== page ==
Balancing a gutsier sound against the restrained emotion of her voice, the Irish singer-songwriter’s debut flits between clinical detachment and startling closeness.

Whether it’s a first therapy appointment or a first date, downloading an abridged version of yourself can feel like the most perfunctory of intimate experiences. For Dublin-based singer-songwriter Ailbhe Reddy, it’s far more interesting to think about what remains unsaid. On the title track of her debut album, Personal History, Reddy pines tentatively for her ex and “the romance of watching TV,” before the drums crash in to underscore her frustrated howl: “I don’t wanna go on dates/And hear personal histories.” Playing with the clinical undertones of the title, which is taken from the term for medical records, it’s simultaneously scathing and vulnerable. Compared to the softness of a lived-in relationship, Reddy seems to say, night after night spent sharing life stories with strangers feels procedural.

Fresh off a year of psychotherapy study, Reddy consciously deploys therapeutic language throughout the album. “I protect my ego,” she sings of a fight with her partner on “Between Your Teeth.” The result is a lyrical voice that flits between clinical detachment and startling closeness, combined with a sound that is gutsier and grungier than the brooding folk songs of her 2016 and 2017 EPs. Personal Historyfeels more aligned with inspirations Reddy has named in the past, like Phoebe Bridges, Big Thief and Fiona Apple. While her songwriting might not be quite on par, Reddy similarly mixes streaks of anger and catharsis with biting, self-deprecating humor.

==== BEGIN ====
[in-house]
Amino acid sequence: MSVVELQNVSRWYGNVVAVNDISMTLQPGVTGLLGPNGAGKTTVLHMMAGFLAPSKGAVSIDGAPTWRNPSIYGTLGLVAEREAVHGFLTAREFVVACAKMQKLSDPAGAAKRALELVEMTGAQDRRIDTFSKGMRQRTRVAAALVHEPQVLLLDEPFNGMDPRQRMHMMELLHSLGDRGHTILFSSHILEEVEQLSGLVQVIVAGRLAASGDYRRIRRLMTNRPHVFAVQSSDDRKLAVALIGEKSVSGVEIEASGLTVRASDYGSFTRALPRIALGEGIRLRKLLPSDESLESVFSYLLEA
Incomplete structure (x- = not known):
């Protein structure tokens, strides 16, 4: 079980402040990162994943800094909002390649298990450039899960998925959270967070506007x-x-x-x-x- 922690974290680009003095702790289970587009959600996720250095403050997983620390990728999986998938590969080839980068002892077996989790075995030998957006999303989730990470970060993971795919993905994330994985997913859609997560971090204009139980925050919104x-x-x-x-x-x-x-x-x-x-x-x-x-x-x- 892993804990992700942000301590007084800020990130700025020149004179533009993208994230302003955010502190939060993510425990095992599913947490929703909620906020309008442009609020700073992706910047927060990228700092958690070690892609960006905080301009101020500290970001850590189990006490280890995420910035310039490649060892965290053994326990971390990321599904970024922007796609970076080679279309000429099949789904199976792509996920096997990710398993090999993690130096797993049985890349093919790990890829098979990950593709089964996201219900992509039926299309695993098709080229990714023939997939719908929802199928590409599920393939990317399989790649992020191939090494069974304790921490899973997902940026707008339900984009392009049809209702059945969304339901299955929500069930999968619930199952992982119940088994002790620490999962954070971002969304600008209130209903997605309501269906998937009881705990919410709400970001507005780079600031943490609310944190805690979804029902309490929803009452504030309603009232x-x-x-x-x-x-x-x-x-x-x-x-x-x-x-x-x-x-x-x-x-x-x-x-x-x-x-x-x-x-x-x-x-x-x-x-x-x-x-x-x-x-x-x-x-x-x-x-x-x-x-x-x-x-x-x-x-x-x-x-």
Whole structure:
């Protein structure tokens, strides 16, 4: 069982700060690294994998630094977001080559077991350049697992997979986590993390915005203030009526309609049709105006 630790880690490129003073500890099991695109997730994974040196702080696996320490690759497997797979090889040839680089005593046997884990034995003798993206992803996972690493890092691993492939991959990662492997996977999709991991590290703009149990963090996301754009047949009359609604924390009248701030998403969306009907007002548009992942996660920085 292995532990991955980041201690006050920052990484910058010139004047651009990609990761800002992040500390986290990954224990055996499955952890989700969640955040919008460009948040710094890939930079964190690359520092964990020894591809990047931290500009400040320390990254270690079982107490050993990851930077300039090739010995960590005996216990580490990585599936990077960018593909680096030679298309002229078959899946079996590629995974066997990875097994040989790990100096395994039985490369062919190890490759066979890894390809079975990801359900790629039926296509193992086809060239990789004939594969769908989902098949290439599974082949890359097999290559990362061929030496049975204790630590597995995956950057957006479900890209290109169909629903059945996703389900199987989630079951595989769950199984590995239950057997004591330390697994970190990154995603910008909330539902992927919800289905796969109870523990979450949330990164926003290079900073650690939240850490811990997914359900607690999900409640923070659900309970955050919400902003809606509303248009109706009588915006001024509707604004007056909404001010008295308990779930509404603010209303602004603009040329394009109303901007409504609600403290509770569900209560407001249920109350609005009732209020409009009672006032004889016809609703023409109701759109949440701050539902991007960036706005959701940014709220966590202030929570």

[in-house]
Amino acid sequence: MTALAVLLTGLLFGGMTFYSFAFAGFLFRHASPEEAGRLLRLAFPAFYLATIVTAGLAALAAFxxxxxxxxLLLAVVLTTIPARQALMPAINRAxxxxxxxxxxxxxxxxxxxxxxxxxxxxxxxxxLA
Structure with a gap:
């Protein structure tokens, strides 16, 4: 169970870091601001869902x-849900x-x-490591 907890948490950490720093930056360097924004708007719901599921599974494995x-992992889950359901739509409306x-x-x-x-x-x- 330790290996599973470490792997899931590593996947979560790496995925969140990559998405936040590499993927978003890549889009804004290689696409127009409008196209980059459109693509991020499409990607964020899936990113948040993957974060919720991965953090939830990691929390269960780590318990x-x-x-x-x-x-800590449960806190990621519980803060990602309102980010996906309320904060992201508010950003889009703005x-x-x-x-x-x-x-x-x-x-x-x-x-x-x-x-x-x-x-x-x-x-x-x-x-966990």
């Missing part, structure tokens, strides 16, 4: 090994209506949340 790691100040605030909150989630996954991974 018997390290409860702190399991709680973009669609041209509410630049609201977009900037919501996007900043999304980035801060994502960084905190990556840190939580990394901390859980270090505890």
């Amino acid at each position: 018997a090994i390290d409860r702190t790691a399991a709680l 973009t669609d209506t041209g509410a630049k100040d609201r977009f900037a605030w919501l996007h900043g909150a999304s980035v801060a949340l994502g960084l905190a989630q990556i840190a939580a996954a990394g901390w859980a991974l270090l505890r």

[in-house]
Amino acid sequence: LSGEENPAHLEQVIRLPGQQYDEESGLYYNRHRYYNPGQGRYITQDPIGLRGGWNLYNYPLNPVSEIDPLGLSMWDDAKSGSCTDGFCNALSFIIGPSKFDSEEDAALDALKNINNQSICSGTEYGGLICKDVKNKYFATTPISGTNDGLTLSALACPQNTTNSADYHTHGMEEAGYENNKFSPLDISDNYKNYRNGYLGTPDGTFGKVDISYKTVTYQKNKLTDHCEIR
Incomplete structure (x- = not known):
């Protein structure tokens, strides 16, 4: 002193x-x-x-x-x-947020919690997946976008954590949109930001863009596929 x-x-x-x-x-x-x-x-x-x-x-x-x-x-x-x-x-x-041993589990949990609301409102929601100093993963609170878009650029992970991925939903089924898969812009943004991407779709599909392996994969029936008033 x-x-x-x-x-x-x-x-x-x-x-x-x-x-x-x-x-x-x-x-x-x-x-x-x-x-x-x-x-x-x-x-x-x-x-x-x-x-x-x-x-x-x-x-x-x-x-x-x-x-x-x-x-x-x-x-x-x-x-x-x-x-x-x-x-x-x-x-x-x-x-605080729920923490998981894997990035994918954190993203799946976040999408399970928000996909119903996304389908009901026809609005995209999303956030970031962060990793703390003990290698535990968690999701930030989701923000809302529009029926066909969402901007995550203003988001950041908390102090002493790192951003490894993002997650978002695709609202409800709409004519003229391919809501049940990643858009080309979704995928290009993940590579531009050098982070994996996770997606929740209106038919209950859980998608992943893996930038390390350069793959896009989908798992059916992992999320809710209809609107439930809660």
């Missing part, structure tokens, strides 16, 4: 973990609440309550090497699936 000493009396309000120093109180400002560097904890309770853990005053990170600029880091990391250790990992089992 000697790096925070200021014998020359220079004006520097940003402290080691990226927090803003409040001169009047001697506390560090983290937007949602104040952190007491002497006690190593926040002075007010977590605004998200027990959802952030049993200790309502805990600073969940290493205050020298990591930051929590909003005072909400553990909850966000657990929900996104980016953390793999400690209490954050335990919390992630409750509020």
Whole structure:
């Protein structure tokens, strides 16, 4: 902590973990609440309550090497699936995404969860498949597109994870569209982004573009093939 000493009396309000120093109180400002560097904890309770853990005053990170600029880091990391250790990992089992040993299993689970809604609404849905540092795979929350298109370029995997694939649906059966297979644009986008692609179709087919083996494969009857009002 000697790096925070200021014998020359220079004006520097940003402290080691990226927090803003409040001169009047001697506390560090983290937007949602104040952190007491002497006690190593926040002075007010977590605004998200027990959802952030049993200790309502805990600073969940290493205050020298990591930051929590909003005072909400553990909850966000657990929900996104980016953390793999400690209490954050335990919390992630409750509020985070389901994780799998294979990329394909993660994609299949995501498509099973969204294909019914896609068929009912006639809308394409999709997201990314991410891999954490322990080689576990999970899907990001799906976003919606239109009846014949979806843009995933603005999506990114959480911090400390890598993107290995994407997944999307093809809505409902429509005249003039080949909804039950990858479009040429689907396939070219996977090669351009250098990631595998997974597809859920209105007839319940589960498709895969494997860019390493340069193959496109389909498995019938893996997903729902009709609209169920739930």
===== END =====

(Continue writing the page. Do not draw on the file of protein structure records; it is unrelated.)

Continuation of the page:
Previous EPs hinted at the emotional range of Reddy’s voice—as on 2017’s fragile “Relent”—but Personal History expands it hugely. Saving her powerful belt for only the most visceral moments, she shows a more restrained side on the somber, wintry piano ballad “Walk Away,” and evokes the light touch of Laura Marling on the gentle “Loyal.”

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Not everything on the record is so inventive. “Time Difference” brings a fresh, upbeat feel to the tracklist, but its central concept—a long-distance relationship—feels under-developed. It operates on one level, but Reddy is capable of much more when she adds a layer of self-awareness to her angst. In the opening bars of “Self Improvement,” jangly guitar and harmonies set an uplifting tone as she sweetly sings: “I’m off the meds again…Until I can’t cope again.”

 

Written by: Aimee Cliff @ Pitchfork